You will all be aware that this experiment of holding a Quarterly Communication outside London was flagged as being likely to happen when we launched the Strategy for Freemasonry, 2022 and beyond. I would like to reiterate my thanks to the Deputy Grand Master and his working party for the recommendation to come here. I would also like to thank the Grand Secretary and the Grand Director of Ceremonies and their respective teams and express my appreciation for the considerable amount of work that went into ensuring today happened so effectively.
Mae hyn wedi bod yn arbrawf a gwersi wedi eu dysgu ond fel dywed Y Prif Feistr ‘ heb drio ni fyddwn yn gwybod be sy’n gweithio.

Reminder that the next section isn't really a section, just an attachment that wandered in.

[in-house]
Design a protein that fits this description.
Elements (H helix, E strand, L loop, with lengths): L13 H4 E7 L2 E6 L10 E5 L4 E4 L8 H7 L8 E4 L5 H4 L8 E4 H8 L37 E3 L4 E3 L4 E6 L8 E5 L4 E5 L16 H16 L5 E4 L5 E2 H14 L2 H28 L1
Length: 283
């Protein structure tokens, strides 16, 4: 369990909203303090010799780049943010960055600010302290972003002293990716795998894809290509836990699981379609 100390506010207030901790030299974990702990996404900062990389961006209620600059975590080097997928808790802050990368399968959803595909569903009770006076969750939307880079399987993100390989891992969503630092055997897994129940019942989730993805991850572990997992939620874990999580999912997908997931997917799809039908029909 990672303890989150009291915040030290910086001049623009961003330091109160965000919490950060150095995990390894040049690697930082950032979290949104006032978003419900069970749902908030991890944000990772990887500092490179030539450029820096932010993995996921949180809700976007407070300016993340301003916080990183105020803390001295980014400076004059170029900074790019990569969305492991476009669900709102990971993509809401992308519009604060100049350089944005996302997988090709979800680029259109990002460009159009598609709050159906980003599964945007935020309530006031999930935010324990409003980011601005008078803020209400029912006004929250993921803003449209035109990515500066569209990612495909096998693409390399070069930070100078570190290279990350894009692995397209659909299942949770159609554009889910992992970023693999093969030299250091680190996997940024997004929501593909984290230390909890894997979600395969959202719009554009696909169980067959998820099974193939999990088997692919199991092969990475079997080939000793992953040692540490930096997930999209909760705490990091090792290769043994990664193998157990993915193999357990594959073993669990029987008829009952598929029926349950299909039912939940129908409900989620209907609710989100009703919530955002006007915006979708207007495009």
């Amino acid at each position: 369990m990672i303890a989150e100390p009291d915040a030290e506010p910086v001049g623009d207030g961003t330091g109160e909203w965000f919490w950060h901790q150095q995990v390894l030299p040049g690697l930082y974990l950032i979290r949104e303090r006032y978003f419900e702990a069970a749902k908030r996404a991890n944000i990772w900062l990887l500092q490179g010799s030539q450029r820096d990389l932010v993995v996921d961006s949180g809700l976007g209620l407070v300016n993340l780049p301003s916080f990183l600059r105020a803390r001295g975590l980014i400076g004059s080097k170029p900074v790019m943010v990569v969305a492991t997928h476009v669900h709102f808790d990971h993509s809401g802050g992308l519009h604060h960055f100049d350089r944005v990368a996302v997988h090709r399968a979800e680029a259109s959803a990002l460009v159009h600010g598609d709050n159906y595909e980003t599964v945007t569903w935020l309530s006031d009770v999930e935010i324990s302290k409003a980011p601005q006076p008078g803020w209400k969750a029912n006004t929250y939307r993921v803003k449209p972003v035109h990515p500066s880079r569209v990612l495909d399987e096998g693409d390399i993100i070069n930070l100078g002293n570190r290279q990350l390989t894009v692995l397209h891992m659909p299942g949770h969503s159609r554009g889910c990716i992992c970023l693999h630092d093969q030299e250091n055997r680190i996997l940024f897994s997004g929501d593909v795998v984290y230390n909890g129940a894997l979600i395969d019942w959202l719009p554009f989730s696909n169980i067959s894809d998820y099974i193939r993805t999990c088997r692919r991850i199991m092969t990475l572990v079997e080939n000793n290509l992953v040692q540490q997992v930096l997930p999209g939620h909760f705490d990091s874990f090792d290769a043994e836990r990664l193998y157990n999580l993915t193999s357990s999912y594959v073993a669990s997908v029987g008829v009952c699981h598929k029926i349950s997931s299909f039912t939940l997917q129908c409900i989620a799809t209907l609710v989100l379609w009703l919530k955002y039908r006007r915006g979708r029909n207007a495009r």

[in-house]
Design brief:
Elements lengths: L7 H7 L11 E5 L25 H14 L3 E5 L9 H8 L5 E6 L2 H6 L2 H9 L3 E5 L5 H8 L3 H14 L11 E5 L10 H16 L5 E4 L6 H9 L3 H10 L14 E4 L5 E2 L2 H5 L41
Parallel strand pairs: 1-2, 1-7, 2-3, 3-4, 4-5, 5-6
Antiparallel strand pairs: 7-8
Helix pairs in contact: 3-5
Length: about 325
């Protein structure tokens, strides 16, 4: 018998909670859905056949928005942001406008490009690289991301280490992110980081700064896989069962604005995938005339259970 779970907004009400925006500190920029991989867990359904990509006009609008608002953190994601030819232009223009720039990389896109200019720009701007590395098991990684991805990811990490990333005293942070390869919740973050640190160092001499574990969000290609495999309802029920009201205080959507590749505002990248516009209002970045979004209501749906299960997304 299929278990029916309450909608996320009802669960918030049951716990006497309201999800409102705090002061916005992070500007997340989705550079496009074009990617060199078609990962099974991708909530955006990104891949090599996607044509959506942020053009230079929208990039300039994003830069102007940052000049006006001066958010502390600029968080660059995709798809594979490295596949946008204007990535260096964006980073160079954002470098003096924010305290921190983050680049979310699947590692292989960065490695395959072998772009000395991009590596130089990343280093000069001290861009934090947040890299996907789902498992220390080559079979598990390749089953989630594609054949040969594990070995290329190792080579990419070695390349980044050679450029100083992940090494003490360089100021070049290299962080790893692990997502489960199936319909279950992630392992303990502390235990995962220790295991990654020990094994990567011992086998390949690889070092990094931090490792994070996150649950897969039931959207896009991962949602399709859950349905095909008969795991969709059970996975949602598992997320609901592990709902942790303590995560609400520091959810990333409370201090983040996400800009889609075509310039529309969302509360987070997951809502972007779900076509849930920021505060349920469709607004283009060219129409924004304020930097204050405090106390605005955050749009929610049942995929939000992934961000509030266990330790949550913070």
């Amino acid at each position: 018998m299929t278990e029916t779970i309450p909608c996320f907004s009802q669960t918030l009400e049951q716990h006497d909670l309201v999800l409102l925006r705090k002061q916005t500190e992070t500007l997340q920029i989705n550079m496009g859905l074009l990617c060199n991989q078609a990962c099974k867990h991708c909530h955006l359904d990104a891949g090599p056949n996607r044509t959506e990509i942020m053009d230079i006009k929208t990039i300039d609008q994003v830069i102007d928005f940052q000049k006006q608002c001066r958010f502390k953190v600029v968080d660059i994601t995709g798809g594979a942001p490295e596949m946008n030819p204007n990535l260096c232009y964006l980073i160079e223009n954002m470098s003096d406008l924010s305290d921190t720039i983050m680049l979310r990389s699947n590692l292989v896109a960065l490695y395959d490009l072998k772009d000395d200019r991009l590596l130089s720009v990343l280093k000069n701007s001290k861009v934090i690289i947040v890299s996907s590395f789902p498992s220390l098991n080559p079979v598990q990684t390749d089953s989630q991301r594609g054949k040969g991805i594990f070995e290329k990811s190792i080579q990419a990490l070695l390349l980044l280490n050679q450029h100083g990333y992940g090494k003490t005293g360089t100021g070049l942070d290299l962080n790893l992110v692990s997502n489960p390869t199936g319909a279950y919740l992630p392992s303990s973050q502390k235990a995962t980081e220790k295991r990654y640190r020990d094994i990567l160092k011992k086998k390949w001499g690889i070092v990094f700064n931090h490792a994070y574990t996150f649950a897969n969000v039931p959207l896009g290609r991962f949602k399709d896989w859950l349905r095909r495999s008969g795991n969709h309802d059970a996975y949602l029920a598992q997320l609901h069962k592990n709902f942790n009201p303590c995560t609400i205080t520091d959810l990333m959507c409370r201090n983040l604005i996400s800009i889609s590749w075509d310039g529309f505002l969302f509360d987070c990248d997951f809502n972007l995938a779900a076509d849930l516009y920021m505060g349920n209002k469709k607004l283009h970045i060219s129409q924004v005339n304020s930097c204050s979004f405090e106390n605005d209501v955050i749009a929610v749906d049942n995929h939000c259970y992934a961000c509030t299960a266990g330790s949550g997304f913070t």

Gobeithiaf bydd pawb yn fodlon mynd a trio rhywbeth gwahanol yn y Gyfrinfa a’r Siapter. Mae’r Prif Gyfrinfa wedi gwneud hyn heddiw am y tro cyntaf yng Nghymru
Dymunaf dymor cryf i bawb.
Today has been an experiment, there will be lessons we can learn, there will always be naysayers but, as the Grand Master himself says, “If you do not try something how will you know if it works or not?”. I hope you will all take away some inspiration to try new or different things in your Lodges and Chapters and remember, Grand Lodge has now done what it advises others to do, try something new and engage members, and did it first here in Wales!
I wish you all a successful forthcoming Masonic season.
Pro Grand Master, Jonathan Spence